Bush needs endorsement at Asia summit

His reputation at risk if world leaders spurn action in Afghanistan

Hostility from many Muslims

War On Terrorism

The World

October 19, 2001|By Paul West | Paul West,SUN NATIONAL STAFF

WASHINGTON - President Bush's trip to China, in the midst of a bioterror crisis at home and the war in Afghanistan, is intended to show that he is not paralyzed by events at home. But it also poses a risk to his newly enhanced reputation as a world leader.

The U.S.-led campaign against terrorism is likely to overshadow the economic and trade agenda in Shanghai, and the intensity of the support Bush receives from other leaders will be closely watched.

"This is going to be more difficult for him in the wake of the last 72 hours. Who knows when the next envelope [containing anthrax] will be opened?" said James Steinberg, deputy national security adviser in the Clinton administration.

The president won't be lining up new military support, though Australia is sending troops and Japan also has offered support. However, he does need to come away from the summit with a "reasonably forthcoming statement" endorsing the counter-terror campaign, said Steinberg.

Bush will have to step nimbly to avoid further alienating Asia's large Muslim populations, which are skeptical of or openly hostile to U.S. strikes in Afghanistan.

Opposition to the war from several Asian nations could force Bush to abandon any effort to obtain explicit backing for the U.S. military effort at the summit meeting, for fear of sparking a renewed backlash in the region.

"We're not going to ask nations to contribute in ways that their people won't understand or accept," Bush told a group of Asian journalists before leaving.

Wendy Sherman, a former top State Department official, said the trip is "not without some risks" for Bush. But, she added, "there is great power to photographs of leaders standing together."

She called the meetings in Shanghai "a very important piece" of Bush's strategy for sustaining the international effort against Osama bin Laden, his al-Qaida network and its Taliban allies, which could take many months.

At the same time, Bush's personal reputation is on the line as he takes his first trip to Asia as president and his first outside the United States since Sept. 11. The American leader, with little experience in foreign affairs, has been seen abroad, until recently, as an arrogant Texas cowboy.

Before last month, his administration's focus was largely on international business opportunities for U.S. companies - not on becoming the world's policeman. Bush once declared, before he was elected, that the guiding principle of his foreign policy would be to ask the question: "What does it mean for American jobs?"

"The world's perception, including Asia's perception, of Bush has changed over the last month. It's much more positive," said James Mann of the Center for Strategic and International Studies, a Washington think tank.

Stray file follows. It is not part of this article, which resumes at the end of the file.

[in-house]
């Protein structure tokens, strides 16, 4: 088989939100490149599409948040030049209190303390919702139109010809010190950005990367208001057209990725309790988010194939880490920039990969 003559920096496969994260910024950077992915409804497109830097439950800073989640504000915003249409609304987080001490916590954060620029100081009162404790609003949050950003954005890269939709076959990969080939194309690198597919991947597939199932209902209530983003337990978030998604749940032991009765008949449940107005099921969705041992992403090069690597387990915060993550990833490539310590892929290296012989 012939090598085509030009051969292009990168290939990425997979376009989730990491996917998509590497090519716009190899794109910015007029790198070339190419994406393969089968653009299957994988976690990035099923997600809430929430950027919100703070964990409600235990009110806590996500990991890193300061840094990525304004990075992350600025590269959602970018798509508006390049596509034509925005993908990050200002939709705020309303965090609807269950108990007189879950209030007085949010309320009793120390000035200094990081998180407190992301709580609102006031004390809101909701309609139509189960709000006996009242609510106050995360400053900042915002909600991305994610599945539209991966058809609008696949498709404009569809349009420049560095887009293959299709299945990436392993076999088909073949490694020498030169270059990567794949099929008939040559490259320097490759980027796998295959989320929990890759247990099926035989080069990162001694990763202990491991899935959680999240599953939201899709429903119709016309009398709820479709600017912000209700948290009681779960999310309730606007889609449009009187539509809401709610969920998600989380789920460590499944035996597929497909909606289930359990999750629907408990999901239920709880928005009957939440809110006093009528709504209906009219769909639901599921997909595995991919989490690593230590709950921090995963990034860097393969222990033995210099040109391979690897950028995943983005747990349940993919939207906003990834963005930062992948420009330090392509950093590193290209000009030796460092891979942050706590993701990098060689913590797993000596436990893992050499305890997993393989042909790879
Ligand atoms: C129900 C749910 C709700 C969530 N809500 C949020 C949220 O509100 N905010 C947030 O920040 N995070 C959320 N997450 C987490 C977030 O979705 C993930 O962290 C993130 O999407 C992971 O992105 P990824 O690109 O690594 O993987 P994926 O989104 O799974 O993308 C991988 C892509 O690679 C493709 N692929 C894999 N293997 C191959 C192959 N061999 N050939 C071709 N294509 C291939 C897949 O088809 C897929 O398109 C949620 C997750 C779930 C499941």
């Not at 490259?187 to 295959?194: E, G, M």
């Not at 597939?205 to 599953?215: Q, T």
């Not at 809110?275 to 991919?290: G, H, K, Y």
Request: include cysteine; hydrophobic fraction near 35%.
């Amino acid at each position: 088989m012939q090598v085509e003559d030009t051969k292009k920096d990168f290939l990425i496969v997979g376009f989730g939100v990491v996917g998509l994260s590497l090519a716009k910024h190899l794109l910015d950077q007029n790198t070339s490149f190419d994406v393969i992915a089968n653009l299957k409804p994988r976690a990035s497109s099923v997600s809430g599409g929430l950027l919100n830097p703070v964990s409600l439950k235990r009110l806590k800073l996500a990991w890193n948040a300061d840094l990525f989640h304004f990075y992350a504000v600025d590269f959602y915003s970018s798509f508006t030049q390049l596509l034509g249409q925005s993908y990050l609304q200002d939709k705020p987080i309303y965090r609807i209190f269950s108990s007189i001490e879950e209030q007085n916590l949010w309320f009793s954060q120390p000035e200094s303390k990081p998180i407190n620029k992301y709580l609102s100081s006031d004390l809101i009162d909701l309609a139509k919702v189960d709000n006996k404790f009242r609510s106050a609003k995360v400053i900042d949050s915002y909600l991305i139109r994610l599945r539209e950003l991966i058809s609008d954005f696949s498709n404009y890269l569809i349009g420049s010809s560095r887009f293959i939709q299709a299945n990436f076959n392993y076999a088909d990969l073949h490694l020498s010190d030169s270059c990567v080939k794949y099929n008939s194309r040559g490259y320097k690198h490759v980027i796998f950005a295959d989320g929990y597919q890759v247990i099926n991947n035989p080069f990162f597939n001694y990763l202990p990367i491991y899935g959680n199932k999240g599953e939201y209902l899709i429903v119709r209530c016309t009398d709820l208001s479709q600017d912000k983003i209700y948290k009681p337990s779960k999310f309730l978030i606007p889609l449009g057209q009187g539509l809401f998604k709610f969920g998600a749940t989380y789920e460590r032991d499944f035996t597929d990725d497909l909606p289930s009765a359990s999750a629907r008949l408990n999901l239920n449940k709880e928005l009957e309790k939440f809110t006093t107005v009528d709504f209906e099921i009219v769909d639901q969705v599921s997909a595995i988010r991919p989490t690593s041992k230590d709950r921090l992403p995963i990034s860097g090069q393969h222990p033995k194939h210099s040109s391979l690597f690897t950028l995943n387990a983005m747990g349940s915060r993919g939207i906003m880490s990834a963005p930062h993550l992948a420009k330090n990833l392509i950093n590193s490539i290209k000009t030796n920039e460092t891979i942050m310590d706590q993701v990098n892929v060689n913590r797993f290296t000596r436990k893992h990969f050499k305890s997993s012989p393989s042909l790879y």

For the first time since Sept. 11, key leaders will be dealing with Bush firsthand, including Chinese President Jiang Zemin and Russian President Vladimir V. Putin. "It's going to raise, once again, the question of how skillful he is," said Mann.

Bush said this week that he wants other world leaders "to see how determined I am to succeed and that [I] will not yield until we send a clear signal [that] if you harbor a terrorist as a nation, you will be held accountable."

Whether Bush is able to deliver on that threat, once the Afghan military operation ends, is very much an open question. What is increasingly clear, though, is the Sept. 11 attack completely reshaped the globe, offering unanticipated opportunities for new alignments among old adversaries.

Bush has taken advantage of those opportunities to gain international support for his anti-terror campaign from countries such as Russia and China. But this weekend's summit also illustrates the limits of the support he has received and the complexities of the new world he is helping to create.

China's leaders, while publicly standing behind the United States and offering to share intelligence information, are privately unhappy that Bush's anti-terror agenda will become the focus of the trade meetings where they are proudly playing host.

The sudden warming of relations between Washington and Moscow - Bush said he and Putin "will work to deepen the Russian-American partnership" when they meet Sunday - is likely to make China even more nervous about U.S. intentions in Asia.

The new U.S. alliance with Pakistan, near China's western border, and the war in Afghanistan will also deepen Beijing's concerns about instability in the region, added Mann, author of "About Face," a study of Sino-U.S. relations.

Recent, deadly flare-ups in Kashmir between India and Pakistan, both nuclear powers, and the worsening violence in the Middle East are further signs of growing instability worldwide. So, too, is the rise in political violence in southeast Asia, home to one-fourth of the world's Muslims.

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